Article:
FAO in North America

Statement by H.E. Ambassador Alexandra Bugailiskis on North American Indigenous Peoples' Food Systems

02/09/2020

As Chair of the informal Group of Friends of Indigenous Peoples in Rome, and Ambassador and Permanent Representative of Canada to the FAO, I welcome the close collaboration between the FAO Liaison Office for North America in Washington D.C. under the leadership of its Director, Vimlendra Sharan, and the FAO Indigenous Peoples Unit, which great work is guided by the commitment of Yon Fernandez-de-Larrinoa, to expand and strengthen dialogues with Indigenous peoples of North America. Focusing in particular on Indigenous peoples’ food systems, the Global Indigenous Women’s Empowerment Campaign for Zero Hunger and the 2021 UN Food Systems Summit, this proactive regional engagement with North American Indigenous experts, researchers, scientists, academics, organizations, representative bodies and partnering government agencies is timely and of critical importance. I look forward to hearing the outputs from the “High-Level Seminar on North American Indigenous Peoples’ Food Systems, towards the UN Food Systems Summit” taking place at the end of October.

Launched in November 2019 to provide a venue for collective discussion and action in support of Indigenous peoples and their knowledge and food systems, the informal Group of Friends of Indigenous Peoples in Rome has benefitted from strong and growing cross-regional participation. I am very pleased with the active support of representatives from all seven FAO regional groups. From the outset, it was very important for the members of the Friends group that we do not speak for or on behalf of Indigenous peoples, but that we create space for them to be listened to and engaged with, and actively advocate for their presence and participation in the discussions and decisions that affect their lives and communities. Little did we know then that we would soon be facing a global pandemic that would disproportionately impact Indigenous peoples, exacerbate their unique vulnerabilities and further expose disparate realities throughout the world.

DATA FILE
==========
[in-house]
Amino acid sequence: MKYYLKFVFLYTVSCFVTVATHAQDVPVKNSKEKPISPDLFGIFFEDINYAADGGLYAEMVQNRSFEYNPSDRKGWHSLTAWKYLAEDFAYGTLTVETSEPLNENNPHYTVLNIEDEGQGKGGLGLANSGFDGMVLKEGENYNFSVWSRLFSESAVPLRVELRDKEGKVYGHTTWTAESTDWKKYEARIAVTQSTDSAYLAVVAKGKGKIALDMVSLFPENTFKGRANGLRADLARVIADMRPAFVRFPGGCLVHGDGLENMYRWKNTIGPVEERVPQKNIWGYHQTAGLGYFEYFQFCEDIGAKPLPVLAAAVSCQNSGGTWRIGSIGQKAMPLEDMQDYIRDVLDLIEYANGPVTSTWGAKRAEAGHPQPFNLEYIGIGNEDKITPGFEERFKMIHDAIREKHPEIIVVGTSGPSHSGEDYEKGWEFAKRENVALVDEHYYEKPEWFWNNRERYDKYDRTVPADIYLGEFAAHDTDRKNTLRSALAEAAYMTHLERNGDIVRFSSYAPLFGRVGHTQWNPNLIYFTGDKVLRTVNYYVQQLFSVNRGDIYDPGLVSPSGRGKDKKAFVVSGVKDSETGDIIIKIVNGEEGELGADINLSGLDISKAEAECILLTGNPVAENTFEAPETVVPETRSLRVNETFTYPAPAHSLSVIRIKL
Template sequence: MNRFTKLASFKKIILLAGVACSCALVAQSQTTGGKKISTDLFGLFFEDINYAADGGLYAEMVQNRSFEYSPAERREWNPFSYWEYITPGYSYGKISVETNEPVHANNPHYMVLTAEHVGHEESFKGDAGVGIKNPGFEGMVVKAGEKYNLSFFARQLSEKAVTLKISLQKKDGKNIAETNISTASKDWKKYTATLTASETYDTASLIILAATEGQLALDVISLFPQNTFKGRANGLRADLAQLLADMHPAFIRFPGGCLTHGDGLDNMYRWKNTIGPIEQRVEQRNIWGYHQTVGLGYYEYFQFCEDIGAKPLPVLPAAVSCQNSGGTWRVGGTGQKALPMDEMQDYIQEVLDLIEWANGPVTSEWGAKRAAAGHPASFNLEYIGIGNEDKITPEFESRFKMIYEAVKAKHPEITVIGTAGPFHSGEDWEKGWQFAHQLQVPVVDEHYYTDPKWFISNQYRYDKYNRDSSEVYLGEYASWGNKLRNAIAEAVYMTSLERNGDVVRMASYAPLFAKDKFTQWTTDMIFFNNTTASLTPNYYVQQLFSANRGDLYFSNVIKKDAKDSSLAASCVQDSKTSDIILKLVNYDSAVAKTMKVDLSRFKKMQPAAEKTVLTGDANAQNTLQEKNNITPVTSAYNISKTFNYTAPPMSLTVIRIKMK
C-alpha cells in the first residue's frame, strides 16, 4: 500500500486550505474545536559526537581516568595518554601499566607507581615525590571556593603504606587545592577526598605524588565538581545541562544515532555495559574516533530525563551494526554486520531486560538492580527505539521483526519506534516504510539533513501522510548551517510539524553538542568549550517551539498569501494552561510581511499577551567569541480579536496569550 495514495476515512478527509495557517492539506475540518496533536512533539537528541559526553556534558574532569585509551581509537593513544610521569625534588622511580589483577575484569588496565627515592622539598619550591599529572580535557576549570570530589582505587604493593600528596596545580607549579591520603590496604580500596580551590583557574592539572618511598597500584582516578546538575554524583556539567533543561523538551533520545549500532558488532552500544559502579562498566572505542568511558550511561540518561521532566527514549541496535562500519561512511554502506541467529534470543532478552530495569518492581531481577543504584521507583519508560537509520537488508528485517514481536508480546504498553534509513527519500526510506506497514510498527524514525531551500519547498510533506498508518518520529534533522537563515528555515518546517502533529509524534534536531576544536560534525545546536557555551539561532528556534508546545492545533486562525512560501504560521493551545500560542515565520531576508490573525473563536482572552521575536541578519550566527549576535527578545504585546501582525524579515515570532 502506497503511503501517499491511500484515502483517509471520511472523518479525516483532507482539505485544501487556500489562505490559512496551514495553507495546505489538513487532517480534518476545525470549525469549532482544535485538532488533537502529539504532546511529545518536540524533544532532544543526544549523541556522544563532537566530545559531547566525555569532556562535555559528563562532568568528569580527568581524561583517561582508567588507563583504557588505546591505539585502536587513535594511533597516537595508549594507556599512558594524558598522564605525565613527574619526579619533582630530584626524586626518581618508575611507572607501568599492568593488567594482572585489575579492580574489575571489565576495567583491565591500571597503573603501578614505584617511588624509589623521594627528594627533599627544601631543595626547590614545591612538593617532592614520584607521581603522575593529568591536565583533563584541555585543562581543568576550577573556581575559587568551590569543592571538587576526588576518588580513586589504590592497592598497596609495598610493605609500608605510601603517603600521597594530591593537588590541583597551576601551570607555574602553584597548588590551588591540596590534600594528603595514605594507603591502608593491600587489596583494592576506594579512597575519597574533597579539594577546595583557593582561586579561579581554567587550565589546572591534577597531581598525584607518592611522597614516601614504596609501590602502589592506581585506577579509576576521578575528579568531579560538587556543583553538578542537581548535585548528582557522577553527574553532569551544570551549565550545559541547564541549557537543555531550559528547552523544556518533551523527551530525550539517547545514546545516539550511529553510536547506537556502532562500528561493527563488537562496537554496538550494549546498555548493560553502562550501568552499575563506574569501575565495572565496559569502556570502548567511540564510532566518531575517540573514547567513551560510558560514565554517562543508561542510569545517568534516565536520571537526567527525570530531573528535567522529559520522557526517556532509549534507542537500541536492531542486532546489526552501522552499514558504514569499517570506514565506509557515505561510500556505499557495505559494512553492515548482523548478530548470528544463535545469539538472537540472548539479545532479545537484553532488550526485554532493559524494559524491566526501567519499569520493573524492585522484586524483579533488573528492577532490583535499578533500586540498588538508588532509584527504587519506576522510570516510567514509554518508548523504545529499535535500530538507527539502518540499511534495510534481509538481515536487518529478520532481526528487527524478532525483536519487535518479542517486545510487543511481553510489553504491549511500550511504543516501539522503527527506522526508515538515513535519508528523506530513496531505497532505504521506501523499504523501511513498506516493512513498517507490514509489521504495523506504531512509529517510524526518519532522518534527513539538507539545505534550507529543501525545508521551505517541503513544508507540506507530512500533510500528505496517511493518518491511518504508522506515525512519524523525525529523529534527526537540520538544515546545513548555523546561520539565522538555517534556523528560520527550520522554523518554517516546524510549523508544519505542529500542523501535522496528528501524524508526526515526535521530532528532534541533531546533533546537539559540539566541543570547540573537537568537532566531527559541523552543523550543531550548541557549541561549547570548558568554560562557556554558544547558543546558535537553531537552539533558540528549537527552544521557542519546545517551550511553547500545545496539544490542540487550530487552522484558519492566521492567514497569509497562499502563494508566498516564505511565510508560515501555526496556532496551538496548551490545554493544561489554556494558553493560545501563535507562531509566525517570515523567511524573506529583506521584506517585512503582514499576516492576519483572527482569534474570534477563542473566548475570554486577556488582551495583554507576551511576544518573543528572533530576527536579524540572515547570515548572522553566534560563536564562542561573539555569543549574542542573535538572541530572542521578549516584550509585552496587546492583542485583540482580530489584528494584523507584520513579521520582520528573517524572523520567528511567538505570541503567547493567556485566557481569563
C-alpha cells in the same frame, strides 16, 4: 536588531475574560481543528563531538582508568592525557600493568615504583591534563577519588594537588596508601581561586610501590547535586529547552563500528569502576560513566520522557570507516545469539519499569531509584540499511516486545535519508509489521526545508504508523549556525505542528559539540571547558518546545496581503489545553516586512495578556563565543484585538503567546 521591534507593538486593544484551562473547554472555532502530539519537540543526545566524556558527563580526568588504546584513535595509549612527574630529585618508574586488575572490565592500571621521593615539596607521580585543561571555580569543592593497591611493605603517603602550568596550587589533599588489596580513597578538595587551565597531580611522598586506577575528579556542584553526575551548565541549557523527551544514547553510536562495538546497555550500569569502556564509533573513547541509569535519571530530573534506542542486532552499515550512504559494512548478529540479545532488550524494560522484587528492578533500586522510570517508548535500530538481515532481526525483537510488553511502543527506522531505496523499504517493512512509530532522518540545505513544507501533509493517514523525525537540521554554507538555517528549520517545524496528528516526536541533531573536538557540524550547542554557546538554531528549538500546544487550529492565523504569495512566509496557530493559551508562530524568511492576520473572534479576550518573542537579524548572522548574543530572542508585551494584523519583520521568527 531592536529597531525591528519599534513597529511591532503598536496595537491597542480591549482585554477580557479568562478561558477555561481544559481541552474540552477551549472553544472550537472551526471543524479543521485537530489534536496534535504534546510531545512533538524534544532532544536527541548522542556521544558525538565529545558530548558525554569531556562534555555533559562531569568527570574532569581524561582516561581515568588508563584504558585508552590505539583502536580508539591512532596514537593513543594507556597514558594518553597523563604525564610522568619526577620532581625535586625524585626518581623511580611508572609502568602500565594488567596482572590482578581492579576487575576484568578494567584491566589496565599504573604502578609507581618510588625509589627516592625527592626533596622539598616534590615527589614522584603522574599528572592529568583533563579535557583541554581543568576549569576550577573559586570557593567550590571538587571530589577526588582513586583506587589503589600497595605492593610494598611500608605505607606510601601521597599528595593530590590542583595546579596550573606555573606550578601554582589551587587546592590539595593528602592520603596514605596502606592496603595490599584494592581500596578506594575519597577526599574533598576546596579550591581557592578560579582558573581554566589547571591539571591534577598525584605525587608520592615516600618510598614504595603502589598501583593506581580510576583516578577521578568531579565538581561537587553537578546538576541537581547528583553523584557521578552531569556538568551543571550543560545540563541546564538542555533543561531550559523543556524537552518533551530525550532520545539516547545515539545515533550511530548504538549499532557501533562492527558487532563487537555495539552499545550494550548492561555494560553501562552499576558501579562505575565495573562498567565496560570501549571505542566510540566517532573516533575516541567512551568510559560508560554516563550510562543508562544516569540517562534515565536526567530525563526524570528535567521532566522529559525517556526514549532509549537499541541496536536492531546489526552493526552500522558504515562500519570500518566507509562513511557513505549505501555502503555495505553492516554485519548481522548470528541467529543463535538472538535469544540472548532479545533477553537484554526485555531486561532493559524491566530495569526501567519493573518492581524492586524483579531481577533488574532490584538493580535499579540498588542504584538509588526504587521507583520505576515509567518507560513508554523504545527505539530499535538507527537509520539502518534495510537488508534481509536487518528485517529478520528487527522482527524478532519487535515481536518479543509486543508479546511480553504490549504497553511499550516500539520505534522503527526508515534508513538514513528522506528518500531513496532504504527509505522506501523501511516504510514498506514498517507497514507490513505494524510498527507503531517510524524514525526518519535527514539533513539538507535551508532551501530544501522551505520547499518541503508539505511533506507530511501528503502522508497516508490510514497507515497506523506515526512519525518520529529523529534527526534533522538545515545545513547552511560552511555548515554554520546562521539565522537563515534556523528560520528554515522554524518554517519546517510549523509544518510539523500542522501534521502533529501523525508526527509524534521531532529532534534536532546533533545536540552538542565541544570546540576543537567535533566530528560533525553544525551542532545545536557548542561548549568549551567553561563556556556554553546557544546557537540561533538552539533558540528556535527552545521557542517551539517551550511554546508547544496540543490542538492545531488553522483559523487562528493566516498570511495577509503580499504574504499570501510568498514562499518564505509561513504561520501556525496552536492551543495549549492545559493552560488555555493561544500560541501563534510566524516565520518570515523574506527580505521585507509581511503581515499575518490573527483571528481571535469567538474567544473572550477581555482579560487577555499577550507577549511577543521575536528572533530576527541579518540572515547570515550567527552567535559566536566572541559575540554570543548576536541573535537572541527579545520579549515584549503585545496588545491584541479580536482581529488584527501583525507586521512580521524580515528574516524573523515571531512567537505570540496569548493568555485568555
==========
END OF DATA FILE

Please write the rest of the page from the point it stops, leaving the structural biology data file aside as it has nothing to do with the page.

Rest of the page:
While Canada has taken a renewed nation-to-nation approach to our relationship with Indigenous peoples, based on a recognition of rights, respect, cooperation and partnership, we acknowledge that this remains a work in progress. We are conscious of the mistakes we have made in the past but are hopeful. We also recognize that First Nations, Inuit and Métis are among the most vulnerable in our country during the COVID-19 crisis, including as a result of higher rates of underlying medical conditions, lack of access to clean drinking water in many Indigenous communities, high levels of overcrowding, living in intergenerational households and the isolation of many remote and fly-in communities. Northern and Arctic communities are particularly vulnerable, and Inuit are a high-risk group in general for respiratory infections. We know that Indigenous peoples and women are disproportionately affected by food insecurity, with Indigenous peoples in Canada being three to five times more likely to be food insecure than non-Indigenous Canadians. Food insecurity is also a critical issue for Arctic and Northern peoples. It is important to identify best practices for increasing the region’s food production in support of enhanced food security, as called for in Canada’s Arctic and Northern Policy Framework released in September 2019.

In Canada, we are recognizing these realities and challenges and dedicating additional resources to improve outcomes for Indigenous communities, providing them with the flexibility they need to address their specific needs, and enabling Indigenous peoples to make the choices that work for their communities. I acknowledge with immense respect the Indigenous and non-Indigenous peoples who are providing medical care and food, and mobilizing resources in Indigenous communities during these unprecedented times. Indigenous communities have shown remarkable strength and resiliency. First Nations, Inuit and Métis communities in Canada have enacted measures and turned to traditional ways of thinking and doing, and risen to the challenge to help prevent the spread of COVID-19.

Indigenous peoples continue to face tremendous gaps in many areas such as food security, access to health, and economic security. As we strive to build back better more inclusive and resilient societies in a post-COVID world, in the face of climate change and in the lead-up to the 2021 UN Food Systems Summit, the Group of Friends of Indigenous Peoples in Rome remains committed to creating opportunities to ensure that Indigenous peoples are represented at the table, that their voices are heard strongly as issues are identified, suggestions are brought forward and solutions are created.  

H.E. Ambassador Alexandra Bugailiskis

H.E. Ambassador Alexandra Bugailiskis is Canada’s Ambassador to the Italian Republic, as well as Permanent Representative to the Food and Agriculture Organization of the United Nations, the World Food Programme and the International Fund for Agricultural Development. Ambassador Bugailiskis has served abroad as Ambassador to Syria and High Commissioner to Cyprus, ambassador to Cuba and Poland. In Ottawa, Ms. Bugailiskis has held a number of senior positions. In August 2017, Alexandra Bugailiskis was appointed as Canada’s Ambassador to the Italian Republic, as well as Permanent Representative to the Food and Agriculture Organization of the United Nations, the World Food Programme and the International Fund for Agricultural Development, with concurrent accreditation as Ambassador to the Republic of San Marino and Albania and High Commissioner to Malta.